Adequate provision for crowded automobile traffic was still a newer concept back in the forties and early fifties. I can truly understand why more proactive road construction was not begun sooner. Who could have foreseen that Santa Ana and Orange County would grow so big so fast? Back when I was a child, this area was a rural, agricultural environment. Most folks simply did not think about nonexistent crowded road conditions. There were occasional horses with riders and wagons yet sharing Santa Ana roads. In fact, our house on south Lowell St., close to Memorial Park in south Santa Ana, initially shared a gravel street with just a few other homes where horses and other livestock were kept. Farmland and orange groves, not freeways, criss-crossed Orange County. The major Santa Ana streets I recall traveling regularly during my childhood were simple to understand and drive upon. Included were the four streets I lived on: Eastwood St., Orange Ave., Hickory St., and S. Lowell St. We also frequented Main, Broadway, Flower, St. Gertrude, Warner/Delhi, Edinger, Bristol, Grand, Garfield, First St., Fourth St., Fifth St., and Seventeenth St., as well as Chapman Ave. (in Orange). None of these streets had freeway on-ramps or off-ramps. Many soon-to-be major intersections were then only 2-way or 4-way stops without signals. Intersection right-turn and left-turn arrows and flashing pedestrian walk/don’t walk signs did not yet exist. Turn signals on cars were not common either. We instead used hand signals according to the State of California rules of the road.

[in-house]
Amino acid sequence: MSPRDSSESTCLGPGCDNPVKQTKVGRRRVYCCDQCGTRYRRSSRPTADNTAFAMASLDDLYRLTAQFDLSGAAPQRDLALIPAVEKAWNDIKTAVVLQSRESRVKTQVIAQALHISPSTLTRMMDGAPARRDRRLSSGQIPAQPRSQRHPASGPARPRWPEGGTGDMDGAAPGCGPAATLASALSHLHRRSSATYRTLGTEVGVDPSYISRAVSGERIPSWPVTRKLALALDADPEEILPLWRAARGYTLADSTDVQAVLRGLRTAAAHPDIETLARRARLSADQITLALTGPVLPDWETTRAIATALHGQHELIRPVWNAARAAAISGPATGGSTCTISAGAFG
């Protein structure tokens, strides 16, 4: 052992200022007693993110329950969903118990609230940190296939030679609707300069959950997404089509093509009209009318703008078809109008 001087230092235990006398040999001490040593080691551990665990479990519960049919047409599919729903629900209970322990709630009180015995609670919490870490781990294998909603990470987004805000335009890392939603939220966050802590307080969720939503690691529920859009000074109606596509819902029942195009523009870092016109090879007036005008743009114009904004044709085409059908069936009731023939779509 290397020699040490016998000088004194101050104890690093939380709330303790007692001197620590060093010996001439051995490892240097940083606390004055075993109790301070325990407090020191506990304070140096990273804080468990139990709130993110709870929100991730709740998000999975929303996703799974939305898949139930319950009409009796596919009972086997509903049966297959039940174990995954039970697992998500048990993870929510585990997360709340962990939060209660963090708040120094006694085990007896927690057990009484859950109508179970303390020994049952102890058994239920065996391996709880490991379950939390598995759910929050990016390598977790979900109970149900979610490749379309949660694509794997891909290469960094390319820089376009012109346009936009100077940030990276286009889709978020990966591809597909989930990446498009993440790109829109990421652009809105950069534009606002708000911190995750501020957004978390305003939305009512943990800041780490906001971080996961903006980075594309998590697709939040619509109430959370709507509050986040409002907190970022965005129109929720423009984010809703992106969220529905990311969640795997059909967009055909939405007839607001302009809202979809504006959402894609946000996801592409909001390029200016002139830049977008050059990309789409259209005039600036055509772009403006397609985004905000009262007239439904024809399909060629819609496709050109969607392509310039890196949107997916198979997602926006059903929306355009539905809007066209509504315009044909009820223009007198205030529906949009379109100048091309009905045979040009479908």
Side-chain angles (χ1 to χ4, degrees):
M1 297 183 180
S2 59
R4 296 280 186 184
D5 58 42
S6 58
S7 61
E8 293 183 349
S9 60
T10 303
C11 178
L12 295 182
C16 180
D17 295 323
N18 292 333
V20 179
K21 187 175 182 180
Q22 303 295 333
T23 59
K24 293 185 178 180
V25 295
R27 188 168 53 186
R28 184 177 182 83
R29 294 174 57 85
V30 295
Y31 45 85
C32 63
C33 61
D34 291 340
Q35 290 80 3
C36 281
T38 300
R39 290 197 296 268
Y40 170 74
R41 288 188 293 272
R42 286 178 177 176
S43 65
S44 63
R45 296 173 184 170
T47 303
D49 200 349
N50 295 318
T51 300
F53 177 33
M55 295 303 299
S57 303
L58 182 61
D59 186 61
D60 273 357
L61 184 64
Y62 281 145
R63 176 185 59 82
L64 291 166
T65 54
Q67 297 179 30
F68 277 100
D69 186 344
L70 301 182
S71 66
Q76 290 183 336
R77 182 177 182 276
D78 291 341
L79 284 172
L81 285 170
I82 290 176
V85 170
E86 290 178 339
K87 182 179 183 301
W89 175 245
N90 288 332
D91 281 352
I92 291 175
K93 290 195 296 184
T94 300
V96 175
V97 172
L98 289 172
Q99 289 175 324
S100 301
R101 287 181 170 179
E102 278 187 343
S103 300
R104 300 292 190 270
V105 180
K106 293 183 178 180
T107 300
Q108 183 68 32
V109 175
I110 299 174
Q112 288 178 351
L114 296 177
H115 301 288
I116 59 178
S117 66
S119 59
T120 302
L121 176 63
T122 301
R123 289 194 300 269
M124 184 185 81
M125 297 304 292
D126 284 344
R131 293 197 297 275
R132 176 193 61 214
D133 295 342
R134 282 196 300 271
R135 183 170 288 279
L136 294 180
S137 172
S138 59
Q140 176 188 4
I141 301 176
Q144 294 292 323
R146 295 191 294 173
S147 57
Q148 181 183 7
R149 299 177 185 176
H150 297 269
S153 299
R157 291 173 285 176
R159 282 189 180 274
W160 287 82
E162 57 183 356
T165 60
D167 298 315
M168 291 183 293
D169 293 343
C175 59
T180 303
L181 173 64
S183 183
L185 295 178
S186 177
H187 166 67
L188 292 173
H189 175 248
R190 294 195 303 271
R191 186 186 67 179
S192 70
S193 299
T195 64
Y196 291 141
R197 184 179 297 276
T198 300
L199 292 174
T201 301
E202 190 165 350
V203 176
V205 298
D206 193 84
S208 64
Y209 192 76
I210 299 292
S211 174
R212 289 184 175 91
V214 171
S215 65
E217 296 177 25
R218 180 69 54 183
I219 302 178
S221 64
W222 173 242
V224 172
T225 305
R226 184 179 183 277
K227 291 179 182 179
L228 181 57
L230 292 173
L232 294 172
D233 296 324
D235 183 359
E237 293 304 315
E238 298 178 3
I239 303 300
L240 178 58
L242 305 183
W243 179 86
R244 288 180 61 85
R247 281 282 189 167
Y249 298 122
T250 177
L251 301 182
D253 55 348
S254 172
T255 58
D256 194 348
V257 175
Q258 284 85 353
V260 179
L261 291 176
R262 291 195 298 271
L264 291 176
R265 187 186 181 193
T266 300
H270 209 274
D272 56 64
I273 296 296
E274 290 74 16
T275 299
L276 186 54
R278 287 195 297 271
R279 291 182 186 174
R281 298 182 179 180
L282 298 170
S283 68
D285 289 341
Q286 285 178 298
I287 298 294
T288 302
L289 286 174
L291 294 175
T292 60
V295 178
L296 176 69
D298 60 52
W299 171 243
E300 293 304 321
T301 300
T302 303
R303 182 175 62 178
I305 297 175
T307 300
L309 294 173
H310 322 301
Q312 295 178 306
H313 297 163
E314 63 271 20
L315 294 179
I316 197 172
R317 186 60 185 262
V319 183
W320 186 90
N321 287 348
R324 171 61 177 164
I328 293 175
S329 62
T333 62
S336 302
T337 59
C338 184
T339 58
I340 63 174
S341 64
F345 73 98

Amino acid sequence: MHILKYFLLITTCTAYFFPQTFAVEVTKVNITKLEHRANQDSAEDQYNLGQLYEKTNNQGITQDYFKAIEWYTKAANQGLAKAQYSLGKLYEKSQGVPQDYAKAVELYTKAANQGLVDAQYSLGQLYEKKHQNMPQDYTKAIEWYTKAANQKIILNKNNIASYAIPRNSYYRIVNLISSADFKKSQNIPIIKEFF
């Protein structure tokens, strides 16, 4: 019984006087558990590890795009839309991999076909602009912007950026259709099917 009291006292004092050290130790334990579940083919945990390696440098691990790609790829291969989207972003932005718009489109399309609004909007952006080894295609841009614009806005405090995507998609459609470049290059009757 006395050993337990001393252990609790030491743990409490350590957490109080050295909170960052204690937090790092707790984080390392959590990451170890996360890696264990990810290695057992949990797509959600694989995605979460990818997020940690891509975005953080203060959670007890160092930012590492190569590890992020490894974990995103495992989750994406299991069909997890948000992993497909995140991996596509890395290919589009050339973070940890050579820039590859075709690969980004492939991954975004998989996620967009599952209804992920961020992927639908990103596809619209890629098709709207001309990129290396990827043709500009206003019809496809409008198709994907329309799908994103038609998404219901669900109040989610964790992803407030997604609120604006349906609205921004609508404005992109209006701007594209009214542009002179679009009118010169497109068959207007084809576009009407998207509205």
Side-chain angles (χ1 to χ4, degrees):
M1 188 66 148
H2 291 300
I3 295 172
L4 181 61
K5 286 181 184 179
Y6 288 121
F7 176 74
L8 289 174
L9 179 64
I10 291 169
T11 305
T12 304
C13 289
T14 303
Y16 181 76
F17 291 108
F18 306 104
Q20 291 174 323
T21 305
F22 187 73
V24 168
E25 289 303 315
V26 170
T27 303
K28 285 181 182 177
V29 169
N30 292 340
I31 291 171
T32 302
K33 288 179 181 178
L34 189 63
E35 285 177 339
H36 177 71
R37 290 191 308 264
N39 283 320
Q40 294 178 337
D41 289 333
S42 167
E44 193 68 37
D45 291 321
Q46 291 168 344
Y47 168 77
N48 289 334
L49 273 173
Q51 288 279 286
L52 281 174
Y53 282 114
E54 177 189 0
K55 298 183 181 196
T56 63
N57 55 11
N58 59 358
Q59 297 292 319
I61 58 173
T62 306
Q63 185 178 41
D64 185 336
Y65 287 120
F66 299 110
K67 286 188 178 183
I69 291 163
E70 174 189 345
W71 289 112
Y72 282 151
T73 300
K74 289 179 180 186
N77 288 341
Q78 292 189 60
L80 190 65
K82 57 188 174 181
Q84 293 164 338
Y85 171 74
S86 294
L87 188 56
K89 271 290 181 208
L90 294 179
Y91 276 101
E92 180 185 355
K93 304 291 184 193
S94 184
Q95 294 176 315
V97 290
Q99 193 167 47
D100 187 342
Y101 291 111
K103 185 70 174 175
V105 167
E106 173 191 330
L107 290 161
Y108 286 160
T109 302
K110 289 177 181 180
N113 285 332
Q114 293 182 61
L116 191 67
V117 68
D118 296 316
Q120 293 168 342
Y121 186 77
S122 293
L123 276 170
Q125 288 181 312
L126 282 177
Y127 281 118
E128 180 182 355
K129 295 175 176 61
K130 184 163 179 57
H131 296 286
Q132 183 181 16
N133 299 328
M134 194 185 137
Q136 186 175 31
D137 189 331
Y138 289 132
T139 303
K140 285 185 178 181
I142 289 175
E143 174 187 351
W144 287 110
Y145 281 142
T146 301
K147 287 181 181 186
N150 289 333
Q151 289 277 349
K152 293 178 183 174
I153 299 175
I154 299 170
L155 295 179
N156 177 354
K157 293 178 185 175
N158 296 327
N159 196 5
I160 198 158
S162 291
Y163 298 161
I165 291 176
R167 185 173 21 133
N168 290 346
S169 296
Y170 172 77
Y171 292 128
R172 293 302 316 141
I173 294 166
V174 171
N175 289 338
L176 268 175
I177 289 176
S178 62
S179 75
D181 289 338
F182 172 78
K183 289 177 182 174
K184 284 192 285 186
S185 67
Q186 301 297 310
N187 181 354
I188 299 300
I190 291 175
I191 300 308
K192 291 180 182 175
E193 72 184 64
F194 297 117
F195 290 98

The era of the forties and early fifties was clearly a time of transition in Santa Ana and Orange County. We did not fully realize it at the time, of course. In retrospect, I tend to think of that time as the lull before the storm of technological changes we have experienced for several years. You might say we were teetering on the techie edge back then. Many of our minds were on living the good life, the American Dream. I believe we did just that. By the late1940s, World War II, which had profoundly affected all Americans, ended. Much seemed right with the world. As discussed previously, we enjoyed our improved cars with plenty of room to drive on uncrowded streets and highways! We bought homes. Children attended high-quality schools. We suddenly had television bringing pictures of the world into our homes. Imagine, if you can, simple 10-minute television newscasts objectively broadcast just two or three times daily. It was a good time in many respects.

My parents might disagree with me if they were living today, however, in my view, times seemed far less complex back in the forties and early fifties. This included our use of the automobile. My family’s frequent goal was to simply drive to enjoy the car itself. Today, ironically, the very automotive improvements and greater driving distances we once hoped for enable us to cram too much into the day, every day. All too often, we drive to literally inch today’s cars through traffic bottlenecks to serve issues of time (and stress!) rather than for enjoyment. Even so, although I sometimes long for the good old days, I must admit that I cannot wait to see what tomorrow’s technology will bring us! If there is one thing the past sixty years have taught me, it is that time and innovations truly do not stand still!

In closing, I want to commend the city of Santa Ana, and all who took part, for the wonderful revitalization of the original downtown area. It is heart-warming to see my home town Santa Ana, the County Seat of Orange County, looking so utterly grand!

Shayla Ann Markham
Anaheim, CA
March 1, 2004